War of the Rebellion: Serial 057 Page 0411 Chapter XLIV. SKIRMISHES AT GIBSON'S AND WYERMAN'S MILLS.

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FEBRUARY 22, 1864.-Skirmishes at Gibson's and Wyerman's Mills, on Indian Creek, Va., and at Powell's Bridge, Tenn.


No. 1.-Brigadier General Theopilus T. Garrard, U. S. Army, commanding District of the Clinch.

No. 2.-Brigadier General William E. Jones, C. S. Army.

No. 3.-Lieutenant Colonel Alphonso F. Cook, Eighth Virginia Cavalry.

No. 4.-Colonel William E. Peters, Twenty-first Virginia Cavalry.

No. 5.-Captain John B. Thompson, Twenty-seventh Virginia Cavalry


Numbers 1. Report of Brigadier General Theophilus T. Garrard, U. S. Army, commanding District of the Clinch.

HEADQUARTERS DISTRICT OF THE CLINCH, Cumberland Gap, Tenn., February 24, 1864.

GENERAL: I have the honor to acknowledge the receipt of your dispatches of the 19th and 22nd instant.

As I telgraphed on the 22nd instant, the First Battalion, Eleventh Tennessee Cavalry, Lieutenant-Colonel Davis commanding, which was stationed at Wyerman's Mill, 5 miles east from the gap on the Jonesville road, was surprised at daylight that day, entirely surrounded, and, together with an infantry company of the Second North Carolina Mounted Infantry, captured. A company of the Ninety-first Indiana Infantry, in charge of Lieutenant Wise, which was with the command of Colonel Davis, about a quarter of a mile in advance, fought and cut their way through, with a loss of 3 killed and wounded, and escaped. Four officers and about 60 men of Colonel Davis' battalion, and 7 men of the Second North Carolina company succeeded also in making their escape. Colonel Davis, among the captured, is severely wounded.

On account of never having been able to obtain a correct report from that command, it is very difficult to arrive at exact numbers so as to represent the loss of the Eleventh Tennessee Cavalry proper.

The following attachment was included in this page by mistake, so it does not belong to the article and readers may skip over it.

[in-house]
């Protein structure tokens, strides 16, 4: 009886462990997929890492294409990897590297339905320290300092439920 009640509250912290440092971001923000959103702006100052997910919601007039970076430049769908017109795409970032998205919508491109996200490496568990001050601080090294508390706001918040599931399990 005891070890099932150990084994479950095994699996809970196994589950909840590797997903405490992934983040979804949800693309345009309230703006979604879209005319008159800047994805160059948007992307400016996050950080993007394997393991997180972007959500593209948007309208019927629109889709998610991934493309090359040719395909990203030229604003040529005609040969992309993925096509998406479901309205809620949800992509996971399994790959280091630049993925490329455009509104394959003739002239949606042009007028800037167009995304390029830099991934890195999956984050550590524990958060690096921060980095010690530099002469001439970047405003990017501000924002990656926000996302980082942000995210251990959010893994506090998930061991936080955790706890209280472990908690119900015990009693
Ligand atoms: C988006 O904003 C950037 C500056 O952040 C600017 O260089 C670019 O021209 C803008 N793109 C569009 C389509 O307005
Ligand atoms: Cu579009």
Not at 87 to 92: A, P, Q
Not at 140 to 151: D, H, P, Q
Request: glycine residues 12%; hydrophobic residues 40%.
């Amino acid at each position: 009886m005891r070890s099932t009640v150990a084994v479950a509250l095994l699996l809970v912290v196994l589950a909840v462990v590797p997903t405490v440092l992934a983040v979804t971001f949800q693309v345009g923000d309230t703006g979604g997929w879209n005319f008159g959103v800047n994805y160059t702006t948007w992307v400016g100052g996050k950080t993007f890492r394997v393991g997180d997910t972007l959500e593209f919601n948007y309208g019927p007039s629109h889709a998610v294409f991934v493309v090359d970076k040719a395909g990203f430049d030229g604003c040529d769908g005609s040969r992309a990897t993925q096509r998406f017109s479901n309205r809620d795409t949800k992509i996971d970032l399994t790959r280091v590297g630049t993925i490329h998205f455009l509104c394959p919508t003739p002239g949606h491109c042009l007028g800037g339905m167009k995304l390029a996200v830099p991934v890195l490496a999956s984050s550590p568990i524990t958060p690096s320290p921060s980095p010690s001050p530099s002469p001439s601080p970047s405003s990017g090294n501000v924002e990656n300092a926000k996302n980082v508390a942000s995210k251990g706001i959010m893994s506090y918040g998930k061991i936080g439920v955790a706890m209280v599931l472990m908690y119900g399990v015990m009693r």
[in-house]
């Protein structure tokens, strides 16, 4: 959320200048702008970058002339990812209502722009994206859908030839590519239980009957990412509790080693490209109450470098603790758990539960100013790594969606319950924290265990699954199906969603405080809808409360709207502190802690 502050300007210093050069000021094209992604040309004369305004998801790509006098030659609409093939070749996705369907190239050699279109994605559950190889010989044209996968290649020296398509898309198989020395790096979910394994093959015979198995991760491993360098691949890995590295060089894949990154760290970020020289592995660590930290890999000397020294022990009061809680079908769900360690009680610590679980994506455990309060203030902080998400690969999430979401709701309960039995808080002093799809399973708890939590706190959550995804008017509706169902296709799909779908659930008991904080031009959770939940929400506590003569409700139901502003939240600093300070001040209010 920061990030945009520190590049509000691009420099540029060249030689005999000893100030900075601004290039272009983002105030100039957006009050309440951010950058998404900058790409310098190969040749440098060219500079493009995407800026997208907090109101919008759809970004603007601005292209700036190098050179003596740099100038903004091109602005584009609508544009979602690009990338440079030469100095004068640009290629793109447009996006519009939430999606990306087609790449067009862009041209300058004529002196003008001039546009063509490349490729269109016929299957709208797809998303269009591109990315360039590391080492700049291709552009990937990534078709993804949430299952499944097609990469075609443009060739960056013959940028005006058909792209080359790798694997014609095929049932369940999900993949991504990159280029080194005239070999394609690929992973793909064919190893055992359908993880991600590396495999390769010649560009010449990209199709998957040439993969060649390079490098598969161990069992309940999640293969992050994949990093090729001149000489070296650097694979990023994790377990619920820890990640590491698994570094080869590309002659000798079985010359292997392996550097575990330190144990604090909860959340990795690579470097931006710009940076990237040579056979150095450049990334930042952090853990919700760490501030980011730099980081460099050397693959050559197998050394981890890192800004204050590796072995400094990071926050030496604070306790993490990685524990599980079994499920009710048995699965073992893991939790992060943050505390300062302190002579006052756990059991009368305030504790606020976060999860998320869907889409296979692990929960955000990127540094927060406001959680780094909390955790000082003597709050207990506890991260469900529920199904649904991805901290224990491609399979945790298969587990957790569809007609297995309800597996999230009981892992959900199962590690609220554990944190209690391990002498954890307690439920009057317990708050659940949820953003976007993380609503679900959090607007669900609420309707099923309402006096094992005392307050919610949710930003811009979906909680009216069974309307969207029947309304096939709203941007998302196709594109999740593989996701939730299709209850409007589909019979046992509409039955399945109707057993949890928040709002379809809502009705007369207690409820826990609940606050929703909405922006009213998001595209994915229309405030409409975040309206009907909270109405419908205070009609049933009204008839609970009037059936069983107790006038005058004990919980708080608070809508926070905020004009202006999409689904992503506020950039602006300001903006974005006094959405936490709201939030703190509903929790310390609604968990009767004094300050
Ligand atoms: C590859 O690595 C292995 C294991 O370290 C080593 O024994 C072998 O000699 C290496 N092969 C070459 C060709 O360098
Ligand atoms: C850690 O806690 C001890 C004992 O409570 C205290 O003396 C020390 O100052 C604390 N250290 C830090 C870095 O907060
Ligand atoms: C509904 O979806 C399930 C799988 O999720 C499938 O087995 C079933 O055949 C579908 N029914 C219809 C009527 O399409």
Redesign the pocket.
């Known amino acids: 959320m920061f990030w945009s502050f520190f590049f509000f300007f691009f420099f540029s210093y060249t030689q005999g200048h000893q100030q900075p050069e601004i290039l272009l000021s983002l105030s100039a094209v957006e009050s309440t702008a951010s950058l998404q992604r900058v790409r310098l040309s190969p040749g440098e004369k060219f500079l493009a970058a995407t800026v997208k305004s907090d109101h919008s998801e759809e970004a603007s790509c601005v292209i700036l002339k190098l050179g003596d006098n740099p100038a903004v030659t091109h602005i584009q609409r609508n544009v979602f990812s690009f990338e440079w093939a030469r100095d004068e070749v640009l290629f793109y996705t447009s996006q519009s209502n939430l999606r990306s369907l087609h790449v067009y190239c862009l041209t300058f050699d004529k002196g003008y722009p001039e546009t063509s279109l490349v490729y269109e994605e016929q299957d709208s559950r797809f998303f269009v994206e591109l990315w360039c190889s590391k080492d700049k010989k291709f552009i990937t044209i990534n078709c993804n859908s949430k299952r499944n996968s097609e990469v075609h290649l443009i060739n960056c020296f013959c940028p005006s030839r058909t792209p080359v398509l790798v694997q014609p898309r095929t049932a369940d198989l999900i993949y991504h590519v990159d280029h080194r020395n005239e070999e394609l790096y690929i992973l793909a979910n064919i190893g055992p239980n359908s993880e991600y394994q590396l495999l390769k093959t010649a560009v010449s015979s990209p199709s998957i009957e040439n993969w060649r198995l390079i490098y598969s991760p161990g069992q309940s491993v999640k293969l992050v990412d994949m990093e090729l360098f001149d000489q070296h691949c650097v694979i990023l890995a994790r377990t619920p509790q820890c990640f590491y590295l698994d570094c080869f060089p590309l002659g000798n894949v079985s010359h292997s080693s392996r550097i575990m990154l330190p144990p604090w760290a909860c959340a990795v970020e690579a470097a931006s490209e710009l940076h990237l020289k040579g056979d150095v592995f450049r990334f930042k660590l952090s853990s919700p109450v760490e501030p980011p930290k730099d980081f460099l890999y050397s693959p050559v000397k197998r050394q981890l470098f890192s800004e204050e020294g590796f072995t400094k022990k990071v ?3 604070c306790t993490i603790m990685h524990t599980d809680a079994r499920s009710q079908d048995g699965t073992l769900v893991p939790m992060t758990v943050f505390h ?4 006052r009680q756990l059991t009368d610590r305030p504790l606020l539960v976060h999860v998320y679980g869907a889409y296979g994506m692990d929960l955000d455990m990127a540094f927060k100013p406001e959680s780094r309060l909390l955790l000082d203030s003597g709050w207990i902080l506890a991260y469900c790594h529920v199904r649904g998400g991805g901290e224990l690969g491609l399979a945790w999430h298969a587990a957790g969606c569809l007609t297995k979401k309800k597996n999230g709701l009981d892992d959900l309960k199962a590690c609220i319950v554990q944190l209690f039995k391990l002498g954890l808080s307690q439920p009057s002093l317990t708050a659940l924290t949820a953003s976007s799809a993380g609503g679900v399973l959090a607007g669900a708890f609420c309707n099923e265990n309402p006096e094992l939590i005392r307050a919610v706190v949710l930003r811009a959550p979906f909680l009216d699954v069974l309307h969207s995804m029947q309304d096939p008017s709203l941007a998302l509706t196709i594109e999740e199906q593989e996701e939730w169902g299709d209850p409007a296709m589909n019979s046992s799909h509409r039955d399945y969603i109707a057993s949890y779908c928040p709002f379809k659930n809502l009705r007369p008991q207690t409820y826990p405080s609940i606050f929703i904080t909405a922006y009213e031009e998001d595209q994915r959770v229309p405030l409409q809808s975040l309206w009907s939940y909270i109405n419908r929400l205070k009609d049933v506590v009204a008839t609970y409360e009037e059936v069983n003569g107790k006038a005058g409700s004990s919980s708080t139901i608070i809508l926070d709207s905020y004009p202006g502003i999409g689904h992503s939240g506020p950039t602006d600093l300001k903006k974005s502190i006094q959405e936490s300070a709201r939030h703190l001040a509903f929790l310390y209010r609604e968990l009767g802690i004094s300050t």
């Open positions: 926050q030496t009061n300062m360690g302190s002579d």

Simultaneously with the surprise of Colonel Davis' command the outpost at Powell's bridge, on Tazewell road, where I had 50 men of the Thirty-fourth Kentucky Infantry, in charge of Captain Pickering, stationed at the block-house, was attacked by the enemy [a portion of Vaughn's command] three times, but without success. To prevent their being cut off, I moved Captain Pickering, with his men, to within safe distance.

Yesterday I sent a flag of truce, in charge of Colonel Mehringer, Ninety-first Indiana Infantry, into the enemy's line for the purpose of burying our killed and with a view of obtaining some information. The flag of truce was treated with the utmost civility, but nothing could be ascertained from the fact that we did not get in communication with the commanding officer, although kept waiting a very long time for that purpose.

The lines of this command are now contracted to within 2 miles of the gap.

The entire available force here consists of about 1,200 men [infantry and dismounted cavalry] and about 300 artillery [4 batteries]. Three companies of infantry [Ninety-first Indiana] will go home in a day or two to be mustered out of the six months' service.

Pursuant to your instructions, I have ordered the Ninth New Hampshire to this post, although I don't anticipate an attack now.